The second approach is my preferred method in this situation: what I call ‘harness the rail.’ Start to lope the horse along the rail in the arena and, as soon as the horse is starting to speed up, turn her directly towards the fence. She will have to slow. If she slows just continue loping. The other thing she can do is move towards the fence and spin around. If she does that she will essentially come to a stop or, at least slow to a walk, Then just ask for a depart and lope off in the other direction. Slowing down and turning takes a lot of exertion on the horse’s part. The horse eventually figures out: “Hey, every time I pick up speed, I have to turn and pivot hard on my feet. This is getting tiring. Maybe I just should go slow.” Very much equivalent to what you were doing earlier with in the RP. In her mind, she begins to associate going fast with turning and learns to quit doing it. It is important that you be soft and kind when you turn her. There is nothing punitive about the maneuver. In her mind, it needs to occur to her as a natural consequence of going too fast: “Hey, I pick up speed, we have to turn into the fence. Bummer.” You (or your trainer) should be acting as if you were saying: “Wow, that’s weird how we have to turn into the fence every time you go too fast!”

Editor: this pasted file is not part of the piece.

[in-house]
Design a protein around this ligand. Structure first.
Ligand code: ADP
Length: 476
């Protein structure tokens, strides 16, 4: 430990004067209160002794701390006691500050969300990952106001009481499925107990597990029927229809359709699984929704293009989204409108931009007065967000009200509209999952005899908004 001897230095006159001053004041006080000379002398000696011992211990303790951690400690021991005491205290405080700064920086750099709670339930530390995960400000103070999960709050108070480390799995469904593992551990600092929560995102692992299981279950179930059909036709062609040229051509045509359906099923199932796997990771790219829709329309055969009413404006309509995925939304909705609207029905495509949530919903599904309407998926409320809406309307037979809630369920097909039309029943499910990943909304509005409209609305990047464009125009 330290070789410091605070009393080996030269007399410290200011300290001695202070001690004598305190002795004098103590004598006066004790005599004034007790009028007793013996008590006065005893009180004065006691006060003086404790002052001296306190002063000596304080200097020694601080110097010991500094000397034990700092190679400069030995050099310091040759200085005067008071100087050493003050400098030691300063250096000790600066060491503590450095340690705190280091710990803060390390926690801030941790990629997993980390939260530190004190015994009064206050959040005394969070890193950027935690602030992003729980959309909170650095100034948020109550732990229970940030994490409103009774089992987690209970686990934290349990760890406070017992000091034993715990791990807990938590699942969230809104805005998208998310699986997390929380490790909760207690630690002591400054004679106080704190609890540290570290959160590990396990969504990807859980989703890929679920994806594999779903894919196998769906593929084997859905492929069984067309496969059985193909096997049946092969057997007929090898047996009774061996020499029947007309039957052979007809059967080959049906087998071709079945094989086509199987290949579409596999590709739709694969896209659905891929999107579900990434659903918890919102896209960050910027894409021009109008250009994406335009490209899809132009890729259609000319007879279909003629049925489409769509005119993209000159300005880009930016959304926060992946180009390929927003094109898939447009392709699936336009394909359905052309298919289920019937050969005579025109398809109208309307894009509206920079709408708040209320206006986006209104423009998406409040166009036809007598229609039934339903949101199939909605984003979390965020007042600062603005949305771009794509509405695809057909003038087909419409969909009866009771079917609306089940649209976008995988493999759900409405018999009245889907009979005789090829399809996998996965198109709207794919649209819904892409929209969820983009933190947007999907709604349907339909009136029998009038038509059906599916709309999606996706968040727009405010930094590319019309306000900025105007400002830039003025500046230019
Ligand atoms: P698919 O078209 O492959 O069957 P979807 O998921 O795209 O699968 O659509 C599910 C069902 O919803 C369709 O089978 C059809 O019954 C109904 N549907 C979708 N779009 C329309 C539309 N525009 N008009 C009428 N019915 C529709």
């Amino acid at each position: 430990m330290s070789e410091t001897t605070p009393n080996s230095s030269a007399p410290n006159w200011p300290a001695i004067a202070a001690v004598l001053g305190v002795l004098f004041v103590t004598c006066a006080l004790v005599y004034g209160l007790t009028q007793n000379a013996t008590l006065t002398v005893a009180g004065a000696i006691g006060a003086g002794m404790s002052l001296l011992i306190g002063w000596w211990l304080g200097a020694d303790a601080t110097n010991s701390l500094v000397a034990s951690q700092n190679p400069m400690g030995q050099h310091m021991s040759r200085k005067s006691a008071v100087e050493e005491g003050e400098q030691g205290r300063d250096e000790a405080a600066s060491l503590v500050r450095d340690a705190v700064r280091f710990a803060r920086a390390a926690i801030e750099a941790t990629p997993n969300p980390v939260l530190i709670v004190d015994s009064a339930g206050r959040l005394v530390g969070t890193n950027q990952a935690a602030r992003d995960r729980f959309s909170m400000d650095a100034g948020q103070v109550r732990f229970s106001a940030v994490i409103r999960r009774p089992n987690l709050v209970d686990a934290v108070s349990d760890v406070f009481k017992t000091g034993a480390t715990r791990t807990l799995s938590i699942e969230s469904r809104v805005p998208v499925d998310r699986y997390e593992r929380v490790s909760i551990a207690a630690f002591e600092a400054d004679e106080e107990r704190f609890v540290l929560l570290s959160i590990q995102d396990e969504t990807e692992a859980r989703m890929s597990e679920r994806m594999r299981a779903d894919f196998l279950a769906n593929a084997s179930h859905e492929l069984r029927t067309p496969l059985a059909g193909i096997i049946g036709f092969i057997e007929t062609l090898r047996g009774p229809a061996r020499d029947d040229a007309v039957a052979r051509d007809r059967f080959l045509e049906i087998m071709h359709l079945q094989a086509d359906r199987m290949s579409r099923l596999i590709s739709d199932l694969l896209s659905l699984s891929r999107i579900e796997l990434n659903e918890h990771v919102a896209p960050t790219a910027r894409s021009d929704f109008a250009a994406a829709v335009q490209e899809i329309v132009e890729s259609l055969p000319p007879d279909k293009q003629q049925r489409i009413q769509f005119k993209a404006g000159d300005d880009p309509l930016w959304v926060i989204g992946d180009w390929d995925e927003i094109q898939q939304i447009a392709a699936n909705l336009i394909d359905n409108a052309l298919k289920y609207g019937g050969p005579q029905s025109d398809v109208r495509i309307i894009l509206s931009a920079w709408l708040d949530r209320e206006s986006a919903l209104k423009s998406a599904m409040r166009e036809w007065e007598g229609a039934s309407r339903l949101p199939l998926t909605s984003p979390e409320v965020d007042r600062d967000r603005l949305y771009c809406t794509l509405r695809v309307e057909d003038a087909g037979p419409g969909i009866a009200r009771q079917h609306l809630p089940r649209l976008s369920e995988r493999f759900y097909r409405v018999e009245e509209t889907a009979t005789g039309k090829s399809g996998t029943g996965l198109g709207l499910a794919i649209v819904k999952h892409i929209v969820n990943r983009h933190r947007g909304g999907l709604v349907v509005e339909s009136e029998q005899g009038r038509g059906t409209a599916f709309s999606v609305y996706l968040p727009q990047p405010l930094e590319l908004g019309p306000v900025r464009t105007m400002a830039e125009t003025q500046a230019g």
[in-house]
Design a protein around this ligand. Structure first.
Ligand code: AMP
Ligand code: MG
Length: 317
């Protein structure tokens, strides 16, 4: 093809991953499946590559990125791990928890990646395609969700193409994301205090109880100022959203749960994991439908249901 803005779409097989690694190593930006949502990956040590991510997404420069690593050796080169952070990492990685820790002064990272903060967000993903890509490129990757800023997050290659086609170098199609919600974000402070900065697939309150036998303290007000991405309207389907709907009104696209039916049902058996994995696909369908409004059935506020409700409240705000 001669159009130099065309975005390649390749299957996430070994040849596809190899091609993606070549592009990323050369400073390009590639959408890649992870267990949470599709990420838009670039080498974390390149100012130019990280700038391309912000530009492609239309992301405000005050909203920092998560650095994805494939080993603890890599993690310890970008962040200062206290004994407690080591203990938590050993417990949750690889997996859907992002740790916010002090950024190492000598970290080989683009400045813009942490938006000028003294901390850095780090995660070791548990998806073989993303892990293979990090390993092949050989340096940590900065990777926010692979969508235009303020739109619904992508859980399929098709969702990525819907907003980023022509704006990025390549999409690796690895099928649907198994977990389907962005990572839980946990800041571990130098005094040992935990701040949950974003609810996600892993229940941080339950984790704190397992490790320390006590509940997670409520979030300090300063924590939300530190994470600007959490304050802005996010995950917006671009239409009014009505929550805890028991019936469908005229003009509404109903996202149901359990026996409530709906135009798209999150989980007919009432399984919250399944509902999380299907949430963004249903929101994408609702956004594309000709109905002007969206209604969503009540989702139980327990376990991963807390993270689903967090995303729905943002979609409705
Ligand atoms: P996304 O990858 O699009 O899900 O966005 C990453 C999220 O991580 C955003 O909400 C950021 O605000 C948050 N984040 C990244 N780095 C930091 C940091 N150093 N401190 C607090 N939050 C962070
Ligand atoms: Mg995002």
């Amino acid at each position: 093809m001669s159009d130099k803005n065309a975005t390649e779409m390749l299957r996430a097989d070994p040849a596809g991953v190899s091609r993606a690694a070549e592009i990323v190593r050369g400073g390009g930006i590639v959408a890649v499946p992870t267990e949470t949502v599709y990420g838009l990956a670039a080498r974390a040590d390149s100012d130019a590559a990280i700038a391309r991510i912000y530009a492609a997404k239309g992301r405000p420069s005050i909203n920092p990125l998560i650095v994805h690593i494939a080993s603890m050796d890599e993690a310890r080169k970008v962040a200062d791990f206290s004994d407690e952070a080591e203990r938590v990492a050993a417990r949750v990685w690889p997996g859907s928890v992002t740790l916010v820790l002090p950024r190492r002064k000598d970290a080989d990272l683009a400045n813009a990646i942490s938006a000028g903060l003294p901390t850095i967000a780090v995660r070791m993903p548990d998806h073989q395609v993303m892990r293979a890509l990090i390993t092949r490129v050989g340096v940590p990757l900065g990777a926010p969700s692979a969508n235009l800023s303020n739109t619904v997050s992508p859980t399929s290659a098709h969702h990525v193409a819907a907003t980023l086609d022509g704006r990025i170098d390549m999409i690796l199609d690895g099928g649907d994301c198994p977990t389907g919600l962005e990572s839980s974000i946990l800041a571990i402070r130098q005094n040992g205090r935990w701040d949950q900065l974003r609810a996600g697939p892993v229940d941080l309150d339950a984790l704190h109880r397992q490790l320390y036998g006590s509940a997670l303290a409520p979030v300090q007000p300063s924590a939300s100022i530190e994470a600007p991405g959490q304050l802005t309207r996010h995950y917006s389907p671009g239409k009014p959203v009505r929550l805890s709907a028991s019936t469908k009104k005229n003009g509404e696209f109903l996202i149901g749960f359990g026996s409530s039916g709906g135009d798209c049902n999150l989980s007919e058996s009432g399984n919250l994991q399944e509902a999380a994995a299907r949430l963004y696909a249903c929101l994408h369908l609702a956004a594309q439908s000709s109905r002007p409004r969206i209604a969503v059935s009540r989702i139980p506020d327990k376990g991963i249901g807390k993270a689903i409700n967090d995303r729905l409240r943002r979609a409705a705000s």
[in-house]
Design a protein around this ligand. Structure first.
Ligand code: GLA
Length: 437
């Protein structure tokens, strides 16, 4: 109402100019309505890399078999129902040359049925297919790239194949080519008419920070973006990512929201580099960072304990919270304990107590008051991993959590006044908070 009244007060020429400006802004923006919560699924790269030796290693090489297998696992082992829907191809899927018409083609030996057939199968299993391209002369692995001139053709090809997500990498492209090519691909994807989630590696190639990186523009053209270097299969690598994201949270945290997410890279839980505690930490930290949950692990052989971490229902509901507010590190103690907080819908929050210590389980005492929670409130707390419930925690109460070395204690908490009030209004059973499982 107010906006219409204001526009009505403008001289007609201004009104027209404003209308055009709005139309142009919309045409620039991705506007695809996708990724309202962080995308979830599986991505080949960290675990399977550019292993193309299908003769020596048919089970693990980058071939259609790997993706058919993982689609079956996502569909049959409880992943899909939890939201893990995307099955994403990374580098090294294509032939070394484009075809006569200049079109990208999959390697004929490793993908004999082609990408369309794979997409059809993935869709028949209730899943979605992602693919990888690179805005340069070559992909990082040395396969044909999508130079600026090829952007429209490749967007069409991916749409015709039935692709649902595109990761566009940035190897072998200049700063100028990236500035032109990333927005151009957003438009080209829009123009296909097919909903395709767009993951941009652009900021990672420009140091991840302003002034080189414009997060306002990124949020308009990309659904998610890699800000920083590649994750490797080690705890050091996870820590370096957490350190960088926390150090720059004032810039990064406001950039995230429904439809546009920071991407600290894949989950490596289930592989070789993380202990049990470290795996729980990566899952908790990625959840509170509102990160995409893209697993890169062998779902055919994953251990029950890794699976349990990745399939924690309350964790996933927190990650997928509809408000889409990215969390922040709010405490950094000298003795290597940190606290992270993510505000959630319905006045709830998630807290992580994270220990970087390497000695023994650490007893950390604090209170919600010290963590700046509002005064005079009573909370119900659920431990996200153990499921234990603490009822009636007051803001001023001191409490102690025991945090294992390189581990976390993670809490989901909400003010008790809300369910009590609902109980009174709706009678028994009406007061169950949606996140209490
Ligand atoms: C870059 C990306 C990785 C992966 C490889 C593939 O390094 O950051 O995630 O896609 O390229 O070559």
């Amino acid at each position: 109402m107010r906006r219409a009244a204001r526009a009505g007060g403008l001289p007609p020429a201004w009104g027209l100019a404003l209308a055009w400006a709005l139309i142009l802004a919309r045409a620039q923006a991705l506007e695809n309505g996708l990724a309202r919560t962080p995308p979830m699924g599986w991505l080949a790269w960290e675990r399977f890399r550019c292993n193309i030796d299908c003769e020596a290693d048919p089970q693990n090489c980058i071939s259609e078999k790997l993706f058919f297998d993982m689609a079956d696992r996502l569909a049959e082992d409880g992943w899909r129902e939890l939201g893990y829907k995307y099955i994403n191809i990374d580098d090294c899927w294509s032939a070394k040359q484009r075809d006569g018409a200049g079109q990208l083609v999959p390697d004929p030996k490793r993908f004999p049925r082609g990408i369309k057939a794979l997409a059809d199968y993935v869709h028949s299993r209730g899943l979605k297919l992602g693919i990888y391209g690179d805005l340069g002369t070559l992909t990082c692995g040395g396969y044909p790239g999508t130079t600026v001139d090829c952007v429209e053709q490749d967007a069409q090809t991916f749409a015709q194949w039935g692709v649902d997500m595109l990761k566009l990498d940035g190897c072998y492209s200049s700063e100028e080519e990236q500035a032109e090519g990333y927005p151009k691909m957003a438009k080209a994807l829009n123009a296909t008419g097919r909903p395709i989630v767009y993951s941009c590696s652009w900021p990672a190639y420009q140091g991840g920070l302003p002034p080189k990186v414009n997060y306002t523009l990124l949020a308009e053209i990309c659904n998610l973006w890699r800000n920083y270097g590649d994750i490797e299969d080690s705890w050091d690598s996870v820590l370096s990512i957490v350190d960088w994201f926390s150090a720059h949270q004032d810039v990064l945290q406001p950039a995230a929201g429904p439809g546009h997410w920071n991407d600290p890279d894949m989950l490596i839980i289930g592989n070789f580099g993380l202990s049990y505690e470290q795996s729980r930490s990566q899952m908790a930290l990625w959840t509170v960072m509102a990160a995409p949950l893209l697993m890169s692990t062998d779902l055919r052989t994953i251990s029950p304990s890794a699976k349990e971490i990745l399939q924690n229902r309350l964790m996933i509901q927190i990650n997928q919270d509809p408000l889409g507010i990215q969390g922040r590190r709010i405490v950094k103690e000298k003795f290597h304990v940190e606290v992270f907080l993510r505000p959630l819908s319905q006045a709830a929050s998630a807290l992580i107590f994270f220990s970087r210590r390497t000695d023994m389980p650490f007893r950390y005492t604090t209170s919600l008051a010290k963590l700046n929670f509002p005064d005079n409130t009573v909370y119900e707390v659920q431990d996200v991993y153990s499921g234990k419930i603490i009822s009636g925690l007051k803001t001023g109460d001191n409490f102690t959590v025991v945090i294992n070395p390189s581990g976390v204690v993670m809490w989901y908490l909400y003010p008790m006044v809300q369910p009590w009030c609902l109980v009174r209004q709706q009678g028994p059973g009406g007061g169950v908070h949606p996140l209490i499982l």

You should avoid harsh punishment at all cost. You need to teach her that it’s not about performing, it’s about learning. You are trying to teach her and she needs to learn that a mistake will simply be corrected quickly, without rancor, and with the least amount of energy possible.